Accounting · July 24, 2020

Non-Recourse Invoice Factoring Can Buffer Cash Flows

If you're seeking short-term options to keep cash flowing when spiking growth rapidly consumes funds or times are tight, non-recourse invoice factoring might be a good option. Put simply, invoice factoring allows you to capitalize on current sales to generate needed funds.

Factoring involves selling an outstanding invoice to a third party, commonly known as a factor. The factor pays you a significant portion of the amount due—usually between 75% and 85%—and pays the balance, minus a transaction fee, when it collects the full amount from the customer.

Factors, which offer either recourse invoice factoring or non-recourse invoice factoring, gauge the creditworthiness of your customer before accepting an invoice and usually set a 30, 60, or 90-day term. The practice is most common in industries where payment cycles are long, such as manufacturing, trucking and freight services, oil and gas, and government contracting.

An important distinction

Not all factoring agreements look alike. The difference rests primarily in how much risk the factor takes on and how much your business does.

A recourse factoring agreement allows the factor to sell the outstanding invoice back to you if the customer doesn't pay within a certain period of time. Although the factor may accept another invoice to replace the unpaid one, the responsibility for collection on the initial invoice still falls on you. Since you never offload the collection risk, recourse factoring generally carries lower fees.

Alternatively, non-recourse invoice factoring arrangements involve the factor assuming more responsibility for collections, so they charge higher fees. If the customer doesn't pay the factor, you may be able to keep the original payment, although levels of protection vary.

Some factors allow for multiple complications in a non-recourse factoring arrangement, while others will only extend protection if the customer declares bankruptcy. In all cases, non-recourse factoring will not cover a lack of payment due to quality or performance issues with your goods or services.

Finding your best match

So, which type of factoring best fits your business needs?

It's best to reserve recourse factoring for times when you're confident the customer will pay their invoice, but you simply want access to a portion of the cash sooner rather than later. If you're willing to forfeit a modest fee for that right, recourse factoring might be for you.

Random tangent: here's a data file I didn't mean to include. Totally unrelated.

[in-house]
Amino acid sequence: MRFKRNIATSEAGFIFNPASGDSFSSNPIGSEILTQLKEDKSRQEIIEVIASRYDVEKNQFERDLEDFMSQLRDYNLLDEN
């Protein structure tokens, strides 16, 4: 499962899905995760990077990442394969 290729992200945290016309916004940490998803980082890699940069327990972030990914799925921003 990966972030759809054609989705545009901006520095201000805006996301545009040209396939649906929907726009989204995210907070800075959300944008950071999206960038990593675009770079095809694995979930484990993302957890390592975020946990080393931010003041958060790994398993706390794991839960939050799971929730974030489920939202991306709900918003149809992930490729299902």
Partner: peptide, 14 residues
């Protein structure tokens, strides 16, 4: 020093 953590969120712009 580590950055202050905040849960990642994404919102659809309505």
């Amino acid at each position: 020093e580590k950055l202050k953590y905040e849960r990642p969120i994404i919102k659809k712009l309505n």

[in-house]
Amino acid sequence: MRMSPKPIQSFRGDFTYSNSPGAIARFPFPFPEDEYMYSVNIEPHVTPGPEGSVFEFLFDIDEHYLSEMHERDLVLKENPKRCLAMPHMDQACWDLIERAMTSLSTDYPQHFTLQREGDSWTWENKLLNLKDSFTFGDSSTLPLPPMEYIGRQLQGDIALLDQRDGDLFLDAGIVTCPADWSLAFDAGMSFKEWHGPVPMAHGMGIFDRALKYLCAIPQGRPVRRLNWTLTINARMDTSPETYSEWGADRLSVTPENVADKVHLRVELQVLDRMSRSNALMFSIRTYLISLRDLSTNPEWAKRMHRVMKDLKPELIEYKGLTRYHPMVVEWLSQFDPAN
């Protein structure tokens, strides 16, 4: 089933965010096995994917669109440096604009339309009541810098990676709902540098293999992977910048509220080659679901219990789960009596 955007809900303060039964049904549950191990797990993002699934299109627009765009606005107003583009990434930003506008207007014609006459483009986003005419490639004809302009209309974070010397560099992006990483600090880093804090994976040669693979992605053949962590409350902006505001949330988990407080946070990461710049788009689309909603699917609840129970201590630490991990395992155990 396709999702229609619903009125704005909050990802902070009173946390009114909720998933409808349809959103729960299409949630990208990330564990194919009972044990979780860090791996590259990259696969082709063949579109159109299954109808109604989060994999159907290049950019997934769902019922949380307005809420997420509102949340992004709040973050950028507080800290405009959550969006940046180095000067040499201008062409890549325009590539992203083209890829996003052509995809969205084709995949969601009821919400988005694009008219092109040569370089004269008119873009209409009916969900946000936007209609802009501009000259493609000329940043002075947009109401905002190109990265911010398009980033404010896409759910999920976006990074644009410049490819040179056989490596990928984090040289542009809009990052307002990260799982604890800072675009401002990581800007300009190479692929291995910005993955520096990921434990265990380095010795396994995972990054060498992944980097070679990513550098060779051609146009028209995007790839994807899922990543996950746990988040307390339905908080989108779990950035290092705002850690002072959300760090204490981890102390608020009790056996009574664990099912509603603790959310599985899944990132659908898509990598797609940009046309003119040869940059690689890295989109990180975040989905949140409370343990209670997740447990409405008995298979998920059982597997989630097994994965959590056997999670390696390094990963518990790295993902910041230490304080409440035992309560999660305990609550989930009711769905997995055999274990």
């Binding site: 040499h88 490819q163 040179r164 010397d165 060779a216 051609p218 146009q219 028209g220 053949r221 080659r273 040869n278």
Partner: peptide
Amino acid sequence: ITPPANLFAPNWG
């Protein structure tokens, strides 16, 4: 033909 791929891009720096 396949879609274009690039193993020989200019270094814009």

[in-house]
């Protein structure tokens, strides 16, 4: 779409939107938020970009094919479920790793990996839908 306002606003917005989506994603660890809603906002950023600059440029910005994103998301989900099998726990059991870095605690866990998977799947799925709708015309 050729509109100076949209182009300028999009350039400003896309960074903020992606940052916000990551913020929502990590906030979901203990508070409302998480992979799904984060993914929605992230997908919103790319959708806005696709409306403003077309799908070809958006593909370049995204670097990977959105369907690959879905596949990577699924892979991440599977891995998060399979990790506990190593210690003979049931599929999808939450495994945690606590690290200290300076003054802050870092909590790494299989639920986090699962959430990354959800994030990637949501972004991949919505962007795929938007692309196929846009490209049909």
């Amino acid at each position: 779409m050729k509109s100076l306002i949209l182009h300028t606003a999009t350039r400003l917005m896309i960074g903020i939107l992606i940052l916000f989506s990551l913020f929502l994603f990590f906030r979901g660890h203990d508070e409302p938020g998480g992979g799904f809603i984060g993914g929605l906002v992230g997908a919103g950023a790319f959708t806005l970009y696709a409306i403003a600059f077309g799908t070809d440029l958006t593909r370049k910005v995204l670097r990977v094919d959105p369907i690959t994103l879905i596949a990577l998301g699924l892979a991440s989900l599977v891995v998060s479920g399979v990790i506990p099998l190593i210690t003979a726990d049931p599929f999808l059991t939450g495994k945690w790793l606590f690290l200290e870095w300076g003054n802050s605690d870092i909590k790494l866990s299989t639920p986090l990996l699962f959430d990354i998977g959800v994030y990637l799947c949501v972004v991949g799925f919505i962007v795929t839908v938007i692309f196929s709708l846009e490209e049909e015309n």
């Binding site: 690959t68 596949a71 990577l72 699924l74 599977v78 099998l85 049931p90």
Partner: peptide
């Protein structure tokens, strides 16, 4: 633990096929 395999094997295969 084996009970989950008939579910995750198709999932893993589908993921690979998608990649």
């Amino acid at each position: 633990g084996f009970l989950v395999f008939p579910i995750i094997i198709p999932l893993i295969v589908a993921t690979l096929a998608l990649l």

Non-recourse factoring, on the other hand, provides a level of insurance on the credit you've extended to the customer. Once you've received the advance payment, the risk that the customer won't pay now lies with the factor. So, if the recent financial instability of a customer is prompting questions about their viability going forward, you may turn to non-recourse factoring to capture at least a portion of an invoice. At the same time, if a financially solid customer habitually drags their feet on keeping accounts timely, handing an invoice over to a firm that specializes in collections might help alleviate stress on your end.

Consider all variables

Along with the specific situations that different invoice factoring agreements covers, the credit a factor will extend to you is another important variable. That credit limit reflects the overall creditworthiness of your customers and the soundness of your business as well.

Ultimately, your factoring decision hinges upon how you weight the potential risks against the advantages your company may gain if it chooses to convert an outstanding invoice into cash. The key is to ensure your choice is a good fit for the financial position your business is in and the level of risk you're able to take on.


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This information is provided for educational purposes only and should not be relied on or interpreted as accounting, financial planning, investment, legal or tax advice. First Citizens Bank (or its affiliates) neither endorses nor guarantees this information, and encourages you to consult a professional for advice applicable to your specific situation.